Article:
Longest serving PM in Pakistan’s history served almost four years before being disqualified by the supreme court.
Yousuf Raza Gilani, the Pakistani prime minister, has been convicted by the country’s Supreme Court of having committed contempt of court in a case that could see him expelled from office.
Gilani was sentenced to be detained in the court until the hearing was adjourned, the state broadcaster reported, and shortly afterwards emerged smiling and waving to supporters.
“For reasons to be recorded later, the prime minister is found guilty of contempt for wilfully flouting the direction of the Supreme Court,” said Justice Nasir-ul-Mulk while reading the verdict.
The judge said Gilani’s offence “tends to bring this court and the judiciary of the country into ridicule”.
The conviction was “likely to entail serious consequences” for Gilani under the section of the constitution covering the disqualification of MPs, Mulk said, and this was taken as a mitigating factor in sentencing.
The prime minister had faced a maximum sentence of six months in jail in the case, but was subjected only to a symbolic detention until “the rising of the court”.
A conviction for contempt of court could rule him out of holding public office, however.
Gilani to appeal
Earlier, Gilani was cheered by many supporters as he arrived at the supreme court building in Islamabad on Thursday morning.
The court was ruling whether Gilani was guilty of committing contempt of court by failing to obey its order to write to authorities in Switzerland requesting them to reopen a corruption case against Asif Ali Zardari, the Pakistani president.
The court had ordered Zardari’s case, and several others, reopened after it struck down the National Reconciliation Ordinance (NRO), a controversial 2007 amnesty law, as being unconstitional.
|Talk to Al Jazeera: Yousuf Raza Gilani|
Gilani says that reopening a case against a sitting president would itself be unconstitutional, as the holder of the post enjoys legal immunity while in office.
The contempt case, in court since January, has caused political instability and could force the holding of early elections if Gilani is finally disqualified from parliament and legislators cannot agree on a replacement.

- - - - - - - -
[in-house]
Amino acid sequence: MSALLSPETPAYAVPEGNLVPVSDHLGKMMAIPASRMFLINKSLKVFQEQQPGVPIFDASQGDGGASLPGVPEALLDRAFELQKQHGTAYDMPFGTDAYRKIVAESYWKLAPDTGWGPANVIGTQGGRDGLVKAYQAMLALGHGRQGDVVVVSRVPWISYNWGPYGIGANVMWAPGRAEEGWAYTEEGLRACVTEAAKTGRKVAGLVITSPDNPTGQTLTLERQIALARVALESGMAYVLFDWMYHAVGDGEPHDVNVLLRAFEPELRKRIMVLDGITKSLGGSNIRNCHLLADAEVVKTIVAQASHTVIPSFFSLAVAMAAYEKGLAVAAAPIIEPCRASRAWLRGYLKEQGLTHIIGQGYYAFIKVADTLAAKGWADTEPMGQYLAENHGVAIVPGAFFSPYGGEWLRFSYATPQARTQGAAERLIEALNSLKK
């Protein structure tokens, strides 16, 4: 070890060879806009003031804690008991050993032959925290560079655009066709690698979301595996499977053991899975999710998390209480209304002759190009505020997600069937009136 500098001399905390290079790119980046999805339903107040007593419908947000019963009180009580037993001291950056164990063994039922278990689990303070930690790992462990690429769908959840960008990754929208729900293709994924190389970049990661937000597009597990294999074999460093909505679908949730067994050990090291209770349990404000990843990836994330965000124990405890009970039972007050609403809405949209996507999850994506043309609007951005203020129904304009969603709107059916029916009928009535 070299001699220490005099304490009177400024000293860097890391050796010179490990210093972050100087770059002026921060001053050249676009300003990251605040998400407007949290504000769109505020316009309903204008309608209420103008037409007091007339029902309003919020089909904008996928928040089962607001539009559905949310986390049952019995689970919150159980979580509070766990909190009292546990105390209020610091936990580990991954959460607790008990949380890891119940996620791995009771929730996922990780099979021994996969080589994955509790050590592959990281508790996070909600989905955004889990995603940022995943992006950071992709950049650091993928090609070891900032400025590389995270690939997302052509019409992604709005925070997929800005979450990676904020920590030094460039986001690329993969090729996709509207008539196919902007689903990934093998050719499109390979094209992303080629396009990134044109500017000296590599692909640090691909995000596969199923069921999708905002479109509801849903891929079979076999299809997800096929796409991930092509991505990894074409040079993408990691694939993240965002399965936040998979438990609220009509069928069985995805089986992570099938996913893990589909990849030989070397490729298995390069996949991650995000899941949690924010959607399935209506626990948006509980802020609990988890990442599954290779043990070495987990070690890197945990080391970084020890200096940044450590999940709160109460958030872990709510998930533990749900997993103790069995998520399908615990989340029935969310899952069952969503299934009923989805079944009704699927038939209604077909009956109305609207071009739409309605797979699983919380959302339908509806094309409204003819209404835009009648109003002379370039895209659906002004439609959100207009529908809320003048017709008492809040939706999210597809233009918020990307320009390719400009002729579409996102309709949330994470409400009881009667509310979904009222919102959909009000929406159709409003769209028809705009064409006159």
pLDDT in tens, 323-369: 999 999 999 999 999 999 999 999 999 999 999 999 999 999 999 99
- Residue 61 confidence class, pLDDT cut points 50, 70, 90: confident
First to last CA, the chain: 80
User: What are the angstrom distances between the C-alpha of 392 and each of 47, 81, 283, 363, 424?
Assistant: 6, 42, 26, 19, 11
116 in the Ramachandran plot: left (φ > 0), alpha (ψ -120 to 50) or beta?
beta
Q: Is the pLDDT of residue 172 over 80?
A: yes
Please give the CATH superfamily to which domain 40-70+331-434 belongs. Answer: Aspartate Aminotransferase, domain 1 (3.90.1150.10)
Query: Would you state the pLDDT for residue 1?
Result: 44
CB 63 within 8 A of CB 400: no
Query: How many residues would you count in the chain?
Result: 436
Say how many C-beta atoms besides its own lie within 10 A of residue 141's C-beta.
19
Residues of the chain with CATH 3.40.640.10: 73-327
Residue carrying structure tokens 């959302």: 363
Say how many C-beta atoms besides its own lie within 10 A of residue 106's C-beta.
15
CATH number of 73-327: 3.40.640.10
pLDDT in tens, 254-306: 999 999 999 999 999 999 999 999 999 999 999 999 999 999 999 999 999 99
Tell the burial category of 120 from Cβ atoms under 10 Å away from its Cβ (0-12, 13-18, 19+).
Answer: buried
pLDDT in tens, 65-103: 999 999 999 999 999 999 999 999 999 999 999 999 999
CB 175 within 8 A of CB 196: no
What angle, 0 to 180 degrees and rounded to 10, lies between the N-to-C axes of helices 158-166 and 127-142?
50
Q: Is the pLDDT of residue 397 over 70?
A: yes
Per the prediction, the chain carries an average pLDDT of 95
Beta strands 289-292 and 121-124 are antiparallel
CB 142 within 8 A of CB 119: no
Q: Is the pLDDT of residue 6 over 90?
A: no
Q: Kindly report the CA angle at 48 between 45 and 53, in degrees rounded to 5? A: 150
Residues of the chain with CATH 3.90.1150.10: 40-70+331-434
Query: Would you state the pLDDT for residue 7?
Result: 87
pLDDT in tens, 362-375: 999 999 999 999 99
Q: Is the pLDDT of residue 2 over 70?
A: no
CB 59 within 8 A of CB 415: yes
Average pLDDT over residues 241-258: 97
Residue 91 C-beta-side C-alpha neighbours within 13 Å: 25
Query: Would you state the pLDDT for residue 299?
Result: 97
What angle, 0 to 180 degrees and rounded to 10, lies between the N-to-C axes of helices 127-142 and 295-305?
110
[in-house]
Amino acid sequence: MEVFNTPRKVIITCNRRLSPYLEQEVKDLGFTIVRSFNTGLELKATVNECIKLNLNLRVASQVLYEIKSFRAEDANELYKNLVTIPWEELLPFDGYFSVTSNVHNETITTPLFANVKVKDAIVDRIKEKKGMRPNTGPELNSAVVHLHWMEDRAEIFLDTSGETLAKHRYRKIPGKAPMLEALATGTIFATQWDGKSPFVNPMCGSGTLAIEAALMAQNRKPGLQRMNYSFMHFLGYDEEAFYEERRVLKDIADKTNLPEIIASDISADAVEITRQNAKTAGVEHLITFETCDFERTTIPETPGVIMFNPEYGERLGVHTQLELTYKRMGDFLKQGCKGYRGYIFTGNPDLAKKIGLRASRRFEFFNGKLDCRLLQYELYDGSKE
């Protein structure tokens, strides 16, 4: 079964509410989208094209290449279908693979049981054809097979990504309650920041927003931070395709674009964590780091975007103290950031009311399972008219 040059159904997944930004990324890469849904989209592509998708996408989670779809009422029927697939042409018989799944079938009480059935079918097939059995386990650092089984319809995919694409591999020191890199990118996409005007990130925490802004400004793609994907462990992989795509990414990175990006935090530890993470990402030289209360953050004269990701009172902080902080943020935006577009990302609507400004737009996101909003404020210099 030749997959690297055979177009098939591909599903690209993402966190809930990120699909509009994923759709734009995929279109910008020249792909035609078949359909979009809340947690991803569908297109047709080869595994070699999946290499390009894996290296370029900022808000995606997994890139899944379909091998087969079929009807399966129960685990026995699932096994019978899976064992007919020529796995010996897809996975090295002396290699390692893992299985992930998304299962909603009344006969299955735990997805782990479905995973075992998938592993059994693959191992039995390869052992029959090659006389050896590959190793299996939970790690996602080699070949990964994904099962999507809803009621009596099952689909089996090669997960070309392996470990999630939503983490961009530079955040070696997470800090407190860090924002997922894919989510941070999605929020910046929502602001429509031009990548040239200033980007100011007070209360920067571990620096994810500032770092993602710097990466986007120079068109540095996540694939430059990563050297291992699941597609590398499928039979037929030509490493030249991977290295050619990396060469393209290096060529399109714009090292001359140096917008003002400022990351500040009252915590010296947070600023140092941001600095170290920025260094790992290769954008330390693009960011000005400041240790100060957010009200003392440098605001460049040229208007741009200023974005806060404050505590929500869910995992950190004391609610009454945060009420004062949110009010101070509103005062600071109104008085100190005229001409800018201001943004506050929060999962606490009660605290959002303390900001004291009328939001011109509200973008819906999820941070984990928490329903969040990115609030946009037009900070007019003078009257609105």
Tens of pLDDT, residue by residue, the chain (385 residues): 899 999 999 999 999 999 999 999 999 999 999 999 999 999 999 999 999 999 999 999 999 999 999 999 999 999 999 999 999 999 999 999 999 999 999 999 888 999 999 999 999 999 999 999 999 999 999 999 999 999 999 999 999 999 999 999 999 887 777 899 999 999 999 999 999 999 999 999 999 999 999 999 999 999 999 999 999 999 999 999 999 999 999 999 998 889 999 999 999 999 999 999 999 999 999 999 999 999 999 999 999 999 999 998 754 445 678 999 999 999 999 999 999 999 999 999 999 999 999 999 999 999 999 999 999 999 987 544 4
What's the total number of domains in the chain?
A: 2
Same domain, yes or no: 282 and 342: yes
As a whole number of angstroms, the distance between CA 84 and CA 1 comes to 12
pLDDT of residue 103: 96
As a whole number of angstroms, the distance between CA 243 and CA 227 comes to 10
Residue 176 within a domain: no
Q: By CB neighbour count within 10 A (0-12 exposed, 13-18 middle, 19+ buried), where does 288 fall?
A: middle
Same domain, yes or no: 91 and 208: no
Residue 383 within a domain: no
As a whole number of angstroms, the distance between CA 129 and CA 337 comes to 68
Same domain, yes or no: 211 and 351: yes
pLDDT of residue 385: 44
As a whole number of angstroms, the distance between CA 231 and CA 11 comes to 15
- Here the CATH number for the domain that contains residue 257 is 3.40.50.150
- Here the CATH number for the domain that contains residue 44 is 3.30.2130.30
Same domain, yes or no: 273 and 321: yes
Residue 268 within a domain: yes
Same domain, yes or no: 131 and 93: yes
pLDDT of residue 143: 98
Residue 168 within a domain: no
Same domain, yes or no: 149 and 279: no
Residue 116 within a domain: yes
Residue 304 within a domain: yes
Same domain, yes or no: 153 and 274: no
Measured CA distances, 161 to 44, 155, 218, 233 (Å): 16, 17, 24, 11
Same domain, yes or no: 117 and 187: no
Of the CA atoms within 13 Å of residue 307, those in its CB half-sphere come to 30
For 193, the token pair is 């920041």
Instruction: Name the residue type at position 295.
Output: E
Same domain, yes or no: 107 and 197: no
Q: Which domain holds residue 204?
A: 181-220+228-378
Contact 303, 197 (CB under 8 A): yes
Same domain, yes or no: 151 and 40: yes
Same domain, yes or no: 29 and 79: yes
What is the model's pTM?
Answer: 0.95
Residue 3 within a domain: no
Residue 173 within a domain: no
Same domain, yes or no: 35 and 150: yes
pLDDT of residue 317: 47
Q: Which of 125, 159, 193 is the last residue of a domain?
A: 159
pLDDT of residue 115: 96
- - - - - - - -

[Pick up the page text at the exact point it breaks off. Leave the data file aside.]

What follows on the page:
Aitzaz Ahsan, Gilani’s lawyer and a sitting senator representing the PPP, said that his client would be appealing the verdict.
Federal Minister Firdous Ashiq Awan, a member of Gilani’s ruling Pakistan People’s Party (PPP), said Gilani’s cabinet would be meeting the government’s legal team on Thursday. The party’s leadership was also due to meet with its coalition partners to discuss the verdict.
After the announcement of the verdict, Nawaz Sharif, the leader of the main opposition PML-N party, demanded that Gilani resign immediately “without causing further crisis”.
Irfan Qadir, the country’s attorney-general and a PPP loyalist, meanwhile, termed the court order “absolutely illegal”.
“This order is to be ignored,” he said.
Even though he was convicted by the seven-member bench on Thursday, disqualification from holding public office is not a straightforward affair.
“The speaker of the National Assembly [the lower house of parliament] will be informed to process his disqualification as an MP on the basis of the conviction,” Rashid Rizvi, a former supreme court judge, said.
“The speaker has to write to the Election Commission of Pakistan within 30 days after the verdict to unseat the prime minister.”
The Election Commission would then have a further 90 days to make a decision on the case.
Gilani also has the right to appeal to a larger supreme court bench, Rizvi said, meaning the process could continue until an election date is announced.
“Since he is prime minister, the court can also suspend its own order for 15 days to enable his counsel to file an appeal,” he said.
Rehman Malik, interior minister, said that he had ordered tight security measures to be taken around the court, with four helicopters to be stationed overhead for aerial surveillance.
About 200 riot police, armed with shields and batons, were stationed outside the court on Thursday, and approaches to the building had been closed to the public.
He urged activists from Gilani’s ruling Pakistan People’s Party (PPP) not to come to the court, however, and asked them to remain calm regardless of the outcome.
Zardari and former prime minister Benazir Bhutto, his late wife, were suspected of having used Swiss bank accounts to launder more than $10m, allegedly paid in bribes by companies seeking customs inspections contracts in the 1990s.
The cases were shelved, however, after the NRO was passed and Zardari became president soon after.
Were Gilani’s government’s to see out its term until March 2013, it would be the first democratically elected government to do so. Gilani is already the longest-serving prime minister in Pakistan’s chequered history with democracy.